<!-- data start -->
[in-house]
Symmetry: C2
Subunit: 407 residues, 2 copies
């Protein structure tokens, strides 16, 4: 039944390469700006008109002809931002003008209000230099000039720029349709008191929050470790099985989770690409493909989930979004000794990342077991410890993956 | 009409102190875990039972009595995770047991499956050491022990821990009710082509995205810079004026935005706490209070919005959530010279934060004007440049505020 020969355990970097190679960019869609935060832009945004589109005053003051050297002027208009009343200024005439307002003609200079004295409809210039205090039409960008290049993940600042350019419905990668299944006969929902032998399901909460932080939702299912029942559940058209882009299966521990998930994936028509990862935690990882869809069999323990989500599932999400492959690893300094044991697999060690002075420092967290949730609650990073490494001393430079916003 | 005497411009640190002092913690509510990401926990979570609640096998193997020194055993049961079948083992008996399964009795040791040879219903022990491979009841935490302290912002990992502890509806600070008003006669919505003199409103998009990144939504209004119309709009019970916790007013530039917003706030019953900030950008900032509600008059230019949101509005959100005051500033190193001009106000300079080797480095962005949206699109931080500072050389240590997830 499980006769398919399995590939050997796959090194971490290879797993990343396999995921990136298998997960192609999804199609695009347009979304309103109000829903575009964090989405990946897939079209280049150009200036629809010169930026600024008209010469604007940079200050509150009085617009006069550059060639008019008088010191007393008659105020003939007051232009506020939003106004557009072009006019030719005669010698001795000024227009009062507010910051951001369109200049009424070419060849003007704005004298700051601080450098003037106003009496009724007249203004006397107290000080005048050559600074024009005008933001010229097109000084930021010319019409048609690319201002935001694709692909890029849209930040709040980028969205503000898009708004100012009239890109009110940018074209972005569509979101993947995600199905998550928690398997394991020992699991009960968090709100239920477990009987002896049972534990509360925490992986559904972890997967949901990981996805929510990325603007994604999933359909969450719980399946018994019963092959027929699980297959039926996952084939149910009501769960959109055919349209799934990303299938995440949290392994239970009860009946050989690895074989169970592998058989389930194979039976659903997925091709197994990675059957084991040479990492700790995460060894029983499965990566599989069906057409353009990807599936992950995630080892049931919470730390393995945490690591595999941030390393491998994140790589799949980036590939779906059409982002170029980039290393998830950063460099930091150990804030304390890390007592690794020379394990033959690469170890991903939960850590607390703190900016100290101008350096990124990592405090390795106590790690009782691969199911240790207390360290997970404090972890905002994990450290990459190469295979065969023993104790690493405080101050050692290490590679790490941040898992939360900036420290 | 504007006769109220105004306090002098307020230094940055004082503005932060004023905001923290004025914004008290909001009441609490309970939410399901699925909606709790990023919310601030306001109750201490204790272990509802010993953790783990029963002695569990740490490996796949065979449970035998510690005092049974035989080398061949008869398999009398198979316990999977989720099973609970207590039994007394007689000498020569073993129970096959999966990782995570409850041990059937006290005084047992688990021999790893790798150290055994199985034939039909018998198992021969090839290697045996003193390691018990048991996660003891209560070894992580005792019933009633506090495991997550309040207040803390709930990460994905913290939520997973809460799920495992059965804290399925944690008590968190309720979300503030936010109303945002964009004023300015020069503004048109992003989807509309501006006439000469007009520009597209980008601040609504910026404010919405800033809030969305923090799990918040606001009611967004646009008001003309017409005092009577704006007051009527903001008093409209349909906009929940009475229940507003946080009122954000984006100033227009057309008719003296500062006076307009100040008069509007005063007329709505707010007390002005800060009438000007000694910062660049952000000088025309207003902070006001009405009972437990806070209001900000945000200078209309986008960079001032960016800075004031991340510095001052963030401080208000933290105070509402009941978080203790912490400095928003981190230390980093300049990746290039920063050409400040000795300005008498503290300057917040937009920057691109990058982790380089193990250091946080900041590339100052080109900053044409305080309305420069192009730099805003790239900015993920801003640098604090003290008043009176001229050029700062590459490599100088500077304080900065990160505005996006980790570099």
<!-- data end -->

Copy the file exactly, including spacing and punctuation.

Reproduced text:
[in-house]
Symmetry: C2
Subunit: 407 residues, 2 copies
């Protein structure tokens, strides 16, 4: 039944390469700006008109002809931002003008209000230099000039720029349709008191929050470790099985989770690409493909989930979004000794990342077991410890993956 | 009409102190875990039972009595995770047991499956050491022990821990009710082509995205810079004026935005706490209070919005959530010279934060004007440049505020 020969355990970097190679960019869609935060832009945004589109005053003051050297002027208009009343200024005439307002003609200079004295409809210039205090039409960008290049993940600042350019419905990668299944006969929902032998399901909460932080939702299912029942559940058209882009299966521990998930994936028509990862935690990882869809069999323990989500599932999400492959690893300094044991697999060690002075420092967290949730609650990073490494001393430079916003 | 005497411009640190002092913690509510990401926990979570609640096998193997020194055993049961079948083992008996399964009795040791040879219903022990491979009841935490302290912002990992502890509806600070008003006669919505003199409103998009990144939504209004119309709009019970916790007013530039917003706030019953900030950008900032509600008059230019949101509005959100005051500033190193001009106000300079080797480095962005949206699109931080500072050389240590997830 499980006769398919399995590939050997796959090194971490290879797993990343396999995921990136298998997960192609999804199609695009347009979304309103109000829903575009964090989405990946897939079209280049150009200036629809010169930026600024008209010469604007940079200050509150009085617009006069550059060639008019008088010191007393008659105020003939007051232009506020939003106004557009072009006019030719005669010698001795000024227009009062507010910051951001369109200049009424070419060849003007704005004298700051601080450098003037106003009496009724007249203004006397107290000080005048050559600074024009005008933001010229097109000084930021010319019409048609690319201002935001694709692909890029849209930040709040980028969205503000898009708004100012009239890109009110940018074209972005569509979101993947995600199905998550928690398997394991020992699991009960968090709100239920477990009987002896049972534990509360925490992986559904972890997967949901990981996805929510990325603007994604999933359909969450719980399946018994019963092959027929699980297959039926996952084939149910009501769960959109055919349209799934990303299938995440949290392994239970009860009946050989690895074989169970592998058989389930194979039976659903997925091709197994990675059957084991040479990492700790995460060894029983499965990566599989069906057409353009990807599936992950995630080892049931919470730390393995945490690591595999941030390393491998994140790589799949980036590939779906059409982002170029980039290393998830950063460099930091150990804030304390890390007592690794020379394990033959690469170890991903939960850590607390703190900016100290101008350096990124990592405090390795106590790690009782691969199911240790207390360290997970404090972890905002994990450290990459190469295979065969023993104790690493405080101050050692290490590679790490941040898992939360900036420290 | 504007006769109220105004306090002098307020230094940055004082503005932060004023905001923290004025914004008290909001009441609490309970939410399901699925909606709790990023919310601030306001109750201490204790272990509802010993953790783990029963002695569990740490490996796949065979449970035998510690005092049974035989080398061949008869398999009398198979316990999977989720099973609970207590039994007394007689000498020569073993129970096959999966990782995570409850041990059937006290005084047992688990021999790893790798150290055994199985034939039909018998198992021969090839290697045996003193390691018990048991996660003891209560070894992580005792019933009633506090495991997550309040207040803390709930990460994905913290939520997973809460799920495992059965804290399925944690008590968190309720979300503030936010109303945002964009004023300015020069503004048109992003989807509309501006006439000469007009520009597209980008601040609504910026404010919405800033809030969305923090799990918040606001009611967004646009008001003309017409005092009577704006007051009527903001008093409209349909906009929940009475229940507003946080009122954000984006100033227009057309008719003296500062006076307009100040008069509007005063007329709505707010007390002005800060009438000007000694910062660049952000000088025309207003902070006001009405009972437990806070209001900000945000200078209309986008960079001032960016800075004031991340510095001052963030401080208000933290105070509402009941978080203790912490400095928003981190230390980093300049990746290039920063050409400040000795300005008498503290300057917040937009920057691109990058982790380089193990250091946080900041590339100052080109900053044409305080309305420069192009730099805003790239900015993920801003640098604090003290008043009176001229050029700062590459490599100088500077304080900065990160505005996006980790570099």